There isn’t much Dutch cuisine to speak of, but a popular tasty dish that is available all along the coast is “schol met patat en sla”, or fried plaice with fries and salad. Plaice is a flatfish that is common in the North Sea, it has the shape of a turbot and has orange-colored spots. If you can’t get plaice, you could substitute with any other flatfish such as flounder, turbot, or sole.
In the Netherlands, fried fish is often served with remoulade sauce, a mayonnaise-based sauce with aromatic herbs, capers, and pickles. There are many versions of remoulade sauce around and this is different from the Louisiana version, which includes cayenne pepper. Remoulade is very tasty and goes well with both the fish and the fries. It goes without saying that there is nothing like homemade remoulade made from scratch with fresh herbs.
1 plaice, about 500 grams (1.1 lbs)
clarified butter or vegetable oil
175 ml (3/4 cup) neutral-tasting vegetable oil, such as grape seed oil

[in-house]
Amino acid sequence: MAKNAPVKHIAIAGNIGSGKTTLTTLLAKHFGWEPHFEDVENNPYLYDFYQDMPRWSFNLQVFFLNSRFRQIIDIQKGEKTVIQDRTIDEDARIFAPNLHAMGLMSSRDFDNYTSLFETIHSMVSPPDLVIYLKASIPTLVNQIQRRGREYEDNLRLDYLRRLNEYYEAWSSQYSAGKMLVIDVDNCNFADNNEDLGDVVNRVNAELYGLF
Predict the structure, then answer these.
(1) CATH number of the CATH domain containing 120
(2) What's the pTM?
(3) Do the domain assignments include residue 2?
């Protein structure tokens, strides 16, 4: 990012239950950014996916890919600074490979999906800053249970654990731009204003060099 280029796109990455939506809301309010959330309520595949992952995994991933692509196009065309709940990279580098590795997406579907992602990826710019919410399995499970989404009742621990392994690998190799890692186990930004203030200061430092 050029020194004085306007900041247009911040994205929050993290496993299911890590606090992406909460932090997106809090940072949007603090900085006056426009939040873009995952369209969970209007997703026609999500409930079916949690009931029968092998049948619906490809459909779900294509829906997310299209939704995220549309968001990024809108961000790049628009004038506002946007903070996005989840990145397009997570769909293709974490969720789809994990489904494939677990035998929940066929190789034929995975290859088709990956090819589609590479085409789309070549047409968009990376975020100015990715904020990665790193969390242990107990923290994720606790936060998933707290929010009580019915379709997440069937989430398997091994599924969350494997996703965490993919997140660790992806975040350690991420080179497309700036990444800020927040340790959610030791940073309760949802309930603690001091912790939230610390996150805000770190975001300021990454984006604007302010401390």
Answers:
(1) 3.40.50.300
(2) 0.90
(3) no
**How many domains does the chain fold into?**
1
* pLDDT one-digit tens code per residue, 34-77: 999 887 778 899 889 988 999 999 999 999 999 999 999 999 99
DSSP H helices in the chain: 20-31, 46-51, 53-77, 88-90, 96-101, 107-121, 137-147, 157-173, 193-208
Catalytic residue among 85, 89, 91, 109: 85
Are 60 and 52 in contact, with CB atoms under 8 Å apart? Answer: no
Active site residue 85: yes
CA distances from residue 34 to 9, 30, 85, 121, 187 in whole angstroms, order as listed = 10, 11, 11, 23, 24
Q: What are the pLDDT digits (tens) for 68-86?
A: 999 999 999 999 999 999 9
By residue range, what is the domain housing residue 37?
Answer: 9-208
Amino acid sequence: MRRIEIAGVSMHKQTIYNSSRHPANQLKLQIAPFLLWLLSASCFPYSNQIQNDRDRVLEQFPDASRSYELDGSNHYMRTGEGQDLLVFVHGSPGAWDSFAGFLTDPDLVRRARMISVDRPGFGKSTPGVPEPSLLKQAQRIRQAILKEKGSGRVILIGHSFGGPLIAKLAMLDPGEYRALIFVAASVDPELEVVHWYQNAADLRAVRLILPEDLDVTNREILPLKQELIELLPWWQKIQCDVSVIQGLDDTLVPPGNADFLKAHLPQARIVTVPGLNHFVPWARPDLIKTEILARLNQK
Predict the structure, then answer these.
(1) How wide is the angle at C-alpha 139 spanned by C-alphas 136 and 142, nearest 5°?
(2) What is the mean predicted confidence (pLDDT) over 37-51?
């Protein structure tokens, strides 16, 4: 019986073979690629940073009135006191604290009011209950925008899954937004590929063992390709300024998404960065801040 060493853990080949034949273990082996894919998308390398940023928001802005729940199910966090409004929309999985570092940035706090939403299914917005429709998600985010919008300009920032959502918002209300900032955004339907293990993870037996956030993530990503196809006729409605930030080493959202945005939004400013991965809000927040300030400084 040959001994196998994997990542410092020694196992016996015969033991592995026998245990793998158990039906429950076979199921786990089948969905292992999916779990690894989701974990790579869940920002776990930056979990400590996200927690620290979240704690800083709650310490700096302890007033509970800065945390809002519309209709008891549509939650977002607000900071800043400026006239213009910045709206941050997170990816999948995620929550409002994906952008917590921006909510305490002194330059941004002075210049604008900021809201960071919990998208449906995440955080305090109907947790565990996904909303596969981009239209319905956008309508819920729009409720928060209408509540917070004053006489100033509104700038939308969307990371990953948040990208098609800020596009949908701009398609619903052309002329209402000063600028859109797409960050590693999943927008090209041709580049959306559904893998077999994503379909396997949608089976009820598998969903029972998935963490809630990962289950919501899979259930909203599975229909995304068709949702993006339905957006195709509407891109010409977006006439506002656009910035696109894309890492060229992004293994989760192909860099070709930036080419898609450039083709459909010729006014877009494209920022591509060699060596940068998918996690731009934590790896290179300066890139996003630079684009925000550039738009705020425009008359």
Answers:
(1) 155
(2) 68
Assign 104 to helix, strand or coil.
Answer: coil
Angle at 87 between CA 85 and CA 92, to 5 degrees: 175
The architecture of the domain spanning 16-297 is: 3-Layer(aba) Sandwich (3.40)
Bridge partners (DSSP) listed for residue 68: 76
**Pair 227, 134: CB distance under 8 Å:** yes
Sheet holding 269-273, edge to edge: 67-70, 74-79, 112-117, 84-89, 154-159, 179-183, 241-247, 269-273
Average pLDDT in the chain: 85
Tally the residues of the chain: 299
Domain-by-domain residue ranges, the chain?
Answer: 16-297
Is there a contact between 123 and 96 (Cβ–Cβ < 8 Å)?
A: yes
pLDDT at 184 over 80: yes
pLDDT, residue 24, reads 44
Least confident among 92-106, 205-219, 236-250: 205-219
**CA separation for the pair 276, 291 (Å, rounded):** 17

1 egg yolk
1 tsp mustard
2 tsp cider vinegar
2 Tbsp finely diced pickles
1 Tbsp minced capers, rinsed and drained
1 Tbsp minced fresh flat leaf parsley
1 Tbsp minced chervil
1 Tbsp minced tarragon
1 Tbsp minced chives
3 Tbsp minced shallots
1/4 tsp salt
1/8 tsp freshly ground pepper
Ask your fishmonger to cut off the fins and gut the plaice for you. “Panklaar” (ready for the pan) is what we call this in the Netherlands. Salt the plaice about 30 minutes before frying, so the salt can penetrate into the fish.
Keep whisking and slowly adding the oil until you have added all the oil and you have obtained a mayonnaise. You can also make the mayonnaise with a blender, but I actually find it easier to make it by hand. It helps if the egg yolk and the oil are both at room temperature.
When the butter is very hot, add the plaice. Cook for about 4 minutes.
Carefully turn over the plaice. Cook the other side for about 4 minutes as well. The cooking time depends on the thickness of the plaice. To check whether the fish is cooked, insert a fork in the thickest part until you hit the bone. Take out the fork and check whether it is warm. The plaice is cooked through when it’s warm.
This goes well with a dry white that is both fresh and creamy, to go with the remoulade. A good example is a Fiano di Avellino, but there certainly are Chardonnays that will work too. Another great choice is a Muscadet sur Lie.
There aren’t many things I haven’t tried sous-vide. Pork ribs is also included in the long list of things that I have tried. As usual sous-vide makes sure the meat will be tender and succulent.